The Chairy Orchard

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The Chairy Orchard

The Chairy Orchard created in 2005 by Judy Smith and Anne Pearson outside of Denton.

The Chairy Orchard created in 2005 by Judy Smith and Anne Pearson outside of Denton.

Gio

The Chairy Orchard created in 2005 by Judy Smith and Anne Pearson outside of Denton.

Gio

Gio

The Chairy Orchard created in 2005 by Judy Smith and Anne Pearson outside of Denton.

Giovanni Mata

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Hello everybody, we are finally back from a lack of articles! Kicking off 2020, The Panther Eye takes a wrong turn out of Fort Worth, North on 1-35 to  Denton, Texas. Denton is home to the University of North Texas, Texas Woman’s University and… The Chairy Orchard. 

Snuggled between the homes of two long-time friends, The Chairy Orchard is a creative and artistic “destination” established in 2015 by Judy Smith and Anne Pearson. “The Chairy Fairies”-a nickname they’ve coined for themselves-have lived across from each other for over 40 years . The “Fairies” decided to come together and buy the empty lot between them, as it was home to many of their children’s activities and memories.

No “Chair is left behind” at the Chairy Orchard. While some people may throw ugly or broken chairs away, creators of the Chairy Orchard embrace the unlovable chairs and allow the chairs to become art.

As a result of being located in the floodway, no structure was allowed to be built on the lot which led Smith to attach chairs to a group of trees located in the rear of the lot. “The Chairy Tree” was built, with Pearson expanding the pun until “ The Chairy Orchard” came to be.

Pearson and Smith scavenged for chairs almost anywhere they could, from thrift stores to garage sales and even dumpsters. Eventually, a close friend and artist Mark Holderbaum was asked to build an entryway out of 30 metal chairs “The Fairies” collected. One welding session later and the “Chairy Arch” was built.

The Chairy Orchard provides a veritable playground of chairs that once would have landed in a furniture graveyard. Chair cushions provide comfort for a homemade seesaw, as an onlooker relaxes in a chair saved from the junk pile.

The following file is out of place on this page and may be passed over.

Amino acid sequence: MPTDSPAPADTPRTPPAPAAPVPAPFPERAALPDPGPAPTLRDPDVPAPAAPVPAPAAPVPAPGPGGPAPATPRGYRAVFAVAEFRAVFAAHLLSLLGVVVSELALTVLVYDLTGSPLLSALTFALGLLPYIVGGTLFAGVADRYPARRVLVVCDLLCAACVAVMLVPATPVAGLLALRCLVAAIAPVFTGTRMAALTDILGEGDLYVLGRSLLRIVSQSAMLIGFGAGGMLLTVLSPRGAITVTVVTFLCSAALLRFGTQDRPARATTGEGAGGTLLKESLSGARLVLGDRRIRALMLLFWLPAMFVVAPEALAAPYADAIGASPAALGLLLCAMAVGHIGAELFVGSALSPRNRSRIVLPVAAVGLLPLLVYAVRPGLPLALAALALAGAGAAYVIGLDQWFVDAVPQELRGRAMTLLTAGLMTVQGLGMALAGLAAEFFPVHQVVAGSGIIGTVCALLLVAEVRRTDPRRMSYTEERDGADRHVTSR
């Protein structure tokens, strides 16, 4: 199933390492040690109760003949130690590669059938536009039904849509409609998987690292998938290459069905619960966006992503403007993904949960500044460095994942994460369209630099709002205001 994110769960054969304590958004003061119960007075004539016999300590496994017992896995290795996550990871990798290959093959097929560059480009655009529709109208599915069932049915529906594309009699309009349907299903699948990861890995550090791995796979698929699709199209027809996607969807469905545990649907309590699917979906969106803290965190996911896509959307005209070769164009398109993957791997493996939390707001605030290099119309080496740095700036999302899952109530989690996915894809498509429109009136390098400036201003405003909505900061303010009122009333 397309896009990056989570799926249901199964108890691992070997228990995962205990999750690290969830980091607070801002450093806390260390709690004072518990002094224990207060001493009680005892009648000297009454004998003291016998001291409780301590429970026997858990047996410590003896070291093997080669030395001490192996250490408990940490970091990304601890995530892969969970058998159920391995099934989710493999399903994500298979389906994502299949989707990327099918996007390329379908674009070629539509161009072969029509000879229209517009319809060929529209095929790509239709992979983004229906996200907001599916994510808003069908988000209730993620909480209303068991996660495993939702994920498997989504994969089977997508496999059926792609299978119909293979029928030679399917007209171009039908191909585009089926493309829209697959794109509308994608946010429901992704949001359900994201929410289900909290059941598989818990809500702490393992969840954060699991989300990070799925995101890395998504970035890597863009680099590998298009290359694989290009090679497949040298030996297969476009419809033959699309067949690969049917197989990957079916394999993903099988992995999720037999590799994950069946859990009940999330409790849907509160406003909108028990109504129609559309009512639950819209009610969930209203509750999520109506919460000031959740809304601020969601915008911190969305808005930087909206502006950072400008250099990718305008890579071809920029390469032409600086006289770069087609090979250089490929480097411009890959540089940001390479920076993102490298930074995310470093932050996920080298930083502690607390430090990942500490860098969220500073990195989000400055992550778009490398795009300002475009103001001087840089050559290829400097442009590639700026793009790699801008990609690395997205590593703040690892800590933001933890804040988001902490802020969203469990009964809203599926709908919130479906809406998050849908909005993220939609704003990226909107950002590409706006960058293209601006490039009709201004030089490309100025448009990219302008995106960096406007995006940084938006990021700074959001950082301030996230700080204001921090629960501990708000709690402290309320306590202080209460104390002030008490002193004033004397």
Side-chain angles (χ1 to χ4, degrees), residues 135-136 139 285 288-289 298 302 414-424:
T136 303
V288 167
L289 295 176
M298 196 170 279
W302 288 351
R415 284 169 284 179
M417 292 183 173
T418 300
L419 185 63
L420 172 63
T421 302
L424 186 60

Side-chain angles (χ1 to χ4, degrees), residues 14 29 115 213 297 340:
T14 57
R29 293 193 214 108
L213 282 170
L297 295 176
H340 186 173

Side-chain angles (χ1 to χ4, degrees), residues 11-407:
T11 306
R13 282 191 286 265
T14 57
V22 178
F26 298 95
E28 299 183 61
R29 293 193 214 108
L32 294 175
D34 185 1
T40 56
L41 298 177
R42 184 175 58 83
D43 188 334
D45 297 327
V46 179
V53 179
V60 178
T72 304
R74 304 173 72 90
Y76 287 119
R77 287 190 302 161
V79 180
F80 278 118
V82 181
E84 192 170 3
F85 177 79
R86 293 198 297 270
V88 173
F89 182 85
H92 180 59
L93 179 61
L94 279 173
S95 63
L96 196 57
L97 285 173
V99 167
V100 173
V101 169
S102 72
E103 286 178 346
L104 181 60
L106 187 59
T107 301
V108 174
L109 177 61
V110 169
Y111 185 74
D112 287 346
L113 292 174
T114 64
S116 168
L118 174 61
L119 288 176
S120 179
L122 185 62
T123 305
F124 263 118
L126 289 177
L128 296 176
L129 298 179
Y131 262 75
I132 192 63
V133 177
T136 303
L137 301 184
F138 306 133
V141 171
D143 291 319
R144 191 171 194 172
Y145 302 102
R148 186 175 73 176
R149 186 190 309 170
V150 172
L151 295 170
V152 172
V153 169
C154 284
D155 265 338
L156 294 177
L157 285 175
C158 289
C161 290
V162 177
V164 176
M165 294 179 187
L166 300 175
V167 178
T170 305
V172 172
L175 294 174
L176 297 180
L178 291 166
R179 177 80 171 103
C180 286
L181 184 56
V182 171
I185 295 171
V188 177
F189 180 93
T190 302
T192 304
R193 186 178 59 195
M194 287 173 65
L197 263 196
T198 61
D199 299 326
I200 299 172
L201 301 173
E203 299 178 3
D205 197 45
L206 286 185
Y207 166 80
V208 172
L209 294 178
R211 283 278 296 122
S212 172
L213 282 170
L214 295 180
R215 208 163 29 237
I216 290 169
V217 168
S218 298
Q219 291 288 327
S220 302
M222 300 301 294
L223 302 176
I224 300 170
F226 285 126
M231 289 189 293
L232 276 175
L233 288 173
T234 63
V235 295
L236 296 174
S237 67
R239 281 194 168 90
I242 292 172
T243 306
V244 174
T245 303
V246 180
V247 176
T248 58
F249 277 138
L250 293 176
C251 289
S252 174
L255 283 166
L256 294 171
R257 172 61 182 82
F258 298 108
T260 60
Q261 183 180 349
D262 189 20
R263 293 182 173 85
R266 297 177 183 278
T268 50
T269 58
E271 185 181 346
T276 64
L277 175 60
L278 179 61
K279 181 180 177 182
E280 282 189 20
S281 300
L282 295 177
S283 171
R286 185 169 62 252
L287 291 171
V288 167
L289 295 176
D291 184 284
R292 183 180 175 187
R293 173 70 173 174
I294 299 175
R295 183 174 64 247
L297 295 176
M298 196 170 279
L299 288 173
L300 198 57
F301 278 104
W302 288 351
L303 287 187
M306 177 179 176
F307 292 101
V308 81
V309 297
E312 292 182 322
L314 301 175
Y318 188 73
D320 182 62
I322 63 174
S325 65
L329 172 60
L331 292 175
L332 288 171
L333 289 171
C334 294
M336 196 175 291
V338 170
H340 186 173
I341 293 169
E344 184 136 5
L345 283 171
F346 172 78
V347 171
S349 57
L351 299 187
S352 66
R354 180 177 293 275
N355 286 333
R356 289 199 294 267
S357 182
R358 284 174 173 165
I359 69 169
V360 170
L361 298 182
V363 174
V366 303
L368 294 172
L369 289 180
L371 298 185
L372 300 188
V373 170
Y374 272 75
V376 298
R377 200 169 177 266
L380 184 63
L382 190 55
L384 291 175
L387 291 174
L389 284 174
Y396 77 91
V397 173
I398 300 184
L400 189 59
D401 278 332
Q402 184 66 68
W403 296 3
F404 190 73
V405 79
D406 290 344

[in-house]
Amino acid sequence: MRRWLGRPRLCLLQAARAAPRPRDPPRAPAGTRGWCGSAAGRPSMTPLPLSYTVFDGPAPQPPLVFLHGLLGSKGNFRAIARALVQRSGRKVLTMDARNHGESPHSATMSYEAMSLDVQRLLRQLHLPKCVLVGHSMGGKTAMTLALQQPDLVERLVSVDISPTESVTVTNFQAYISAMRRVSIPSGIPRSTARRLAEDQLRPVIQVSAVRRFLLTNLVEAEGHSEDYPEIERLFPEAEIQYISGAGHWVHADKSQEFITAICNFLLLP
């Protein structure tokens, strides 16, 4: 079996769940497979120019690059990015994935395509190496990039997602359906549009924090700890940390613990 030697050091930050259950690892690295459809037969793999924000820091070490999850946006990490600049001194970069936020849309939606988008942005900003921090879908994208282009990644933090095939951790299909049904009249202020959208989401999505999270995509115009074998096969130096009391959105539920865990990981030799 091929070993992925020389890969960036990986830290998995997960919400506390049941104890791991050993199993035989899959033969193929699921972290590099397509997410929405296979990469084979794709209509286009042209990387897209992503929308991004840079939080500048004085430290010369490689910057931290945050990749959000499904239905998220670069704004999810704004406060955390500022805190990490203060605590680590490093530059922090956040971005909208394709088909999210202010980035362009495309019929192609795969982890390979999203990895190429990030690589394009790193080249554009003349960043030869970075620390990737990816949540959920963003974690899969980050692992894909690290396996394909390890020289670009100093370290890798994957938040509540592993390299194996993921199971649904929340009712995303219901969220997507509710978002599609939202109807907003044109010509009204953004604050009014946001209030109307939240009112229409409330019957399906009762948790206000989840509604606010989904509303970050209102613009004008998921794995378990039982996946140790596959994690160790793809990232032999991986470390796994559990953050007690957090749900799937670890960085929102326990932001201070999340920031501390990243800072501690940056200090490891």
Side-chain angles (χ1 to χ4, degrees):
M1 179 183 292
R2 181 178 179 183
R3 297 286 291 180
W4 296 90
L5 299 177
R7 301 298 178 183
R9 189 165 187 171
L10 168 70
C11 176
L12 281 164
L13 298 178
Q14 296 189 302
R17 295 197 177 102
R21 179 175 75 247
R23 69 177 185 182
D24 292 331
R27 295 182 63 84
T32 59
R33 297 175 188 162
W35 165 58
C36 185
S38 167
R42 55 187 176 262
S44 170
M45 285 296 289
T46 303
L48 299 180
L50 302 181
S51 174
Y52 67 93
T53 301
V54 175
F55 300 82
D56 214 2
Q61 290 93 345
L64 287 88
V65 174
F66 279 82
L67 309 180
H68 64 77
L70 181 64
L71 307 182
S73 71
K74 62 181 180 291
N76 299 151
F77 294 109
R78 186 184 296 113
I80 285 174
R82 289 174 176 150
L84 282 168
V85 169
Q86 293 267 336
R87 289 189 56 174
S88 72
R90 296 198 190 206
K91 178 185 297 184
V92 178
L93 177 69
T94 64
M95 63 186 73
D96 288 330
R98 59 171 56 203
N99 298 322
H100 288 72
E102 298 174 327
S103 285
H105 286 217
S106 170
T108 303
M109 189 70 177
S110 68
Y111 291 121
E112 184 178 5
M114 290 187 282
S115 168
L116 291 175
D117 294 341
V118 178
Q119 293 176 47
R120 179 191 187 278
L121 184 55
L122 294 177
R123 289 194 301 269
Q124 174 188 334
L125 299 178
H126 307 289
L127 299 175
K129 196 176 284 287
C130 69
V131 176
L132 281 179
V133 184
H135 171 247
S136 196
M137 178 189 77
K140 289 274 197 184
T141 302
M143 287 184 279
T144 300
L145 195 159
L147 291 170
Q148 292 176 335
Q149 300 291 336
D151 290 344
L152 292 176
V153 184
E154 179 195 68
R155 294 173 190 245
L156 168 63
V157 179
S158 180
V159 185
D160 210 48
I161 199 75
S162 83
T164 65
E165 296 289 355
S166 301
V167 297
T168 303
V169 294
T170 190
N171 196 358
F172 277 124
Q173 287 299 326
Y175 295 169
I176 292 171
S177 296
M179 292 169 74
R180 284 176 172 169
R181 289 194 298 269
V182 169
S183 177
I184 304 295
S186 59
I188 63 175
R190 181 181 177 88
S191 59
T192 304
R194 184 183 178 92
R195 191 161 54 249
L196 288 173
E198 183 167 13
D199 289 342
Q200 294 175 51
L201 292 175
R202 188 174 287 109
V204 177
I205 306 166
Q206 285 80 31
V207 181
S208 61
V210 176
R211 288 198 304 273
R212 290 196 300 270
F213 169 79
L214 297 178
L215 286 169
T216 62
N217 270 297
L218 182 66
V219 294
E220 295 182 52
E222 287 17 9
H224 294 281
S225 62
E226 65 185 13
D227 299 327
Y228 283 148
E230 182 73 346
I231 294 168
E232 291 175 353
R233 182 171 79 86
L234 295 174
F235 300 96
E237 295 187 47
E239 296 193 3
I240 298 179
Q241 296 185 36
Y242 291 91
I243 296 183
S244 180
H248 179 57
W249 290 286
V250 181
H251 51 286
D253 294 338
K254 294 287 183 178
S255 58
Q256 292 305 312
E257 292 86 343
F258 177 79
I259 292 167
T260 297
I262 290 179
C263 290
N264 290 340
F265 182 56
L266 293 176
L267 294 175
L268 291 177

Smith’s family offered their talents too, with her son Terry building a giant chair and her grandson building what is known as “The Chairy Totter,” which, by the way, was a pain to get on, but actually was a pretty enjoyable ride.

Chairs hanging from trees helps create an artsy, whimsical place in Denton, Texas. The Chairy Orchard is free to the public.

Sadly, nothing lasts forever. When chairs become too damaged due to weather and eventually “die,” they are put into “The Chairy Graveyard” (so many chair puns!) That being said, before more of these “Chairy’s” die, head on down to 1426 Churchhill Drive and experience this spectacle first hand.

Schedule your wedding at The Chairy Orchard, have a birthday party there, take homecoming photos- instead of taking them at Goatman’s Bridge-or just have a potluck dinner! You can also donate chairs, ride “The Chairy Totter”, and take lots of cool photos with the many incredible “Chairy’s!”

It took me and my friends about an hour’s drive to get down to Denton from Fort Worth, however, with the right playlist, right group of people, and the pit stop at Buc-ee’s, the trip won’t be too boring! 

Hope y’all enjoyed this sweet “Chairy” Treat and check back next week, as we continue our regular weekly look through The Panther Eye! What will we look at? Well, because I don’t really know, we’ll keep it a “surprise”.